There’s an old saying that if you’re arguing process, you’ve lost the debate. In this age of Twitter and 30-second sound bites, it is generally true, and I try not to delve too deeply into the weeds of process and procedure in this daily report. But you need to know what’s going on in Congress right now.
Last week President Obama insisted that healthcare reform was so important that it deserved an up or down vote by any means necessary. Obama demanded Congress get it done before the end of March, before members of Congress have to face their constituents back home. He also ordered his liberal allies to go “nuclear” by resorting to complicated and controversial budget reconciliation rules, which he once vehemently opposed.
For days, Nancy Pelosi and Harry Reid have struggled to figure how they can “reform” 20% of our economy under strict rules only intended to guarantee the passage of a budget. Reconciliation rules require that the House pass the Senate’s healthcare bill first, then pass a “bill of fixes” or a separate reconciliation bill, which then has to be approved by the Senate.
The problem for House Democrats is that the Senate bill includes several provisions considered onerous to many House members for a variety of reasons – from abortion funding to immigration issues, kickbacks and tax hikes. Many House Democrats do not want to vote for the Senate bill, which is reportedly “dead on arrival.” But Speaker Pelosi and other House leaders thought they had a way around it.
Speaker Nancy Pelosi reportedly cancelled all House committee hearings today so she could corral members of her caucus and present details of their “end game.” One plan under consideration would invoke another parliamentary maneuver referred to as the “Slaughter rule,” after Rep. Louise Slaughter (D-NY), chairwoman of the House Rules Committee. The Slaughter rule allows the House to vote on only the reconciliation “bill of fixes,” and in doing so consider the Senate bill as passed by the House without an actual up or down vote on the Senate’s bill.
I realize this is a lot of “inside baseball,” but it is important. Our public servants should not be going through such contortions to pass a bill the public opposes. It is an insult to the central principle of our republic: The Consent of the Governed.
The author of the reconciliation process, Sen. Robert Bryd (D-WV,) understood this. Here’s a stirring video of Byrd explaining why he refused to allow Bill Clinton to pass HillaryCare through reconciliation. All those arguments are valid today.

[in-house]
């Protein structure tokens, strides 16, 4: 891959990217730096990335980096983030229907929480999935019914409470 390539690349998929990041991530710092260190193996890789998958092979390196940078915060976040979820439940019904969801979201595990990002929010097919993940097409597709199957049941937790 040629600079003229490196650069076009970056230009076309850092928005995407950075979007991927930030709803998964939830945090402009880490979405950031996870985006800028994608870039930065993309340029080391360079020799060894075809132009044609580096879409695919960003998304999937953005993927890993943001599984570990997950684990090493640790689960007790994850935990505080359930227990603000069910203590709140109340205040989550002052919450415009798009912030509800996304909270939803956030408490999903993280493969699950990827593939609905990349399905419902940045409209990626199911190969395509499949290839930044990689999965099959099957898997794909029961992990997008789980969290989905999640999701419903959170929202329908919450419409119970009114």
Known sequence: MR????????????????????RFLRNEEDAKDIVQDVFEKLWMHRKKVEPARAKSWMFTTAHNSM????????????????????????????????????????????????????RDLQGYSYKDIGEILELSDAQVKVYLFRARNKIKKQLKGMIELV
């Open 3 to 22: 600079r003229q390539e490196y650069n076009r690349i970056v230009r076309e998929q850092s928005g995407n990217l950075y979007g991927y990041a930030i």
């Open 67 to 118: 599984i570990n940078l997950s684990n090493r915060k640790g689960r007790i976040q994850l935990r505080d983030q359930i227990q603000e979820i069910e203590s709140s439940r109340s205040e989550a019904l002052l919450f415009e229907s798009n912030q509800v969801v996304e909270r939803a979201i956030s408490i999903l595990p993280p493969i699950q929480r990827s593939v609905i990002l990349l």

But there has been a major development in the past few hours. According to Roll Call, “The Senate parliamentarian has ruled that President Barack Obama must sign Congress’ original health care reform bill before the Senate can act on a companion reconciliation package.” In other words, the House must pass the Senate bill, with all its objectionable provisions, before the reconciliation bill can proceed. As I noted, there is little support for the Senate bill in the House today. Stay tuned!
Culture Of Corruption?
Every day it seems there are new headlines about new scandals. For example, Eric Massa may not be the most credible witness, but his charge that he was muscled out of Congress over his “no” vote on healthcare deserves to be investigated.
Massa initially said he was going to retire at the end of the year. Then word of an Ethics Committee investigation over alleged homosexual conduct was leaked to the press. Massa’s abrupt resignation has lowered the threshold for a majority vote on ObamaCare just as the debate is coming to a close.
Today we learned two interesting bits of information related to Mr. Massa. Though she initially denied any knowledge, Speaker Pelosi’s office reportedly knew of Massa’s odd behavior last year. And with Massa out of the picture, CBS News reported last night that the Ethics Committee shut down its investigation.
But in a stunning reversal, the House of Representatives today voted to re-open the Massa investigation. House Republican Leader John Boehner (OH) offered a resolution directing the Ethics Committee to investigate exactly what the leadership knew about Massa and when it knew it. The House overwhelmingly approved Boehner’s resolution. Stay tuned.
And late yesterday news broke that Rep. Darrell Issa (R-CA), the ranking Republican on the House Government Reform Committee, is investigating a possible felony violation of federal election laws by key White House officials. Rep. Joe Sestak (D-PA) has stated in recent media interviews that administration officials offered him a high-level federal job if he would end his primary campaign against Sen. Arlen Specter (D-PA).
In short, it is alleged that someone at the White House offered Sestak, a retired three-star admiral, a bribe. According to federal law, it is illegal for any government employees to use their office “for the purpose of interfering with, or affecting, the nomination or election of any candidate.”
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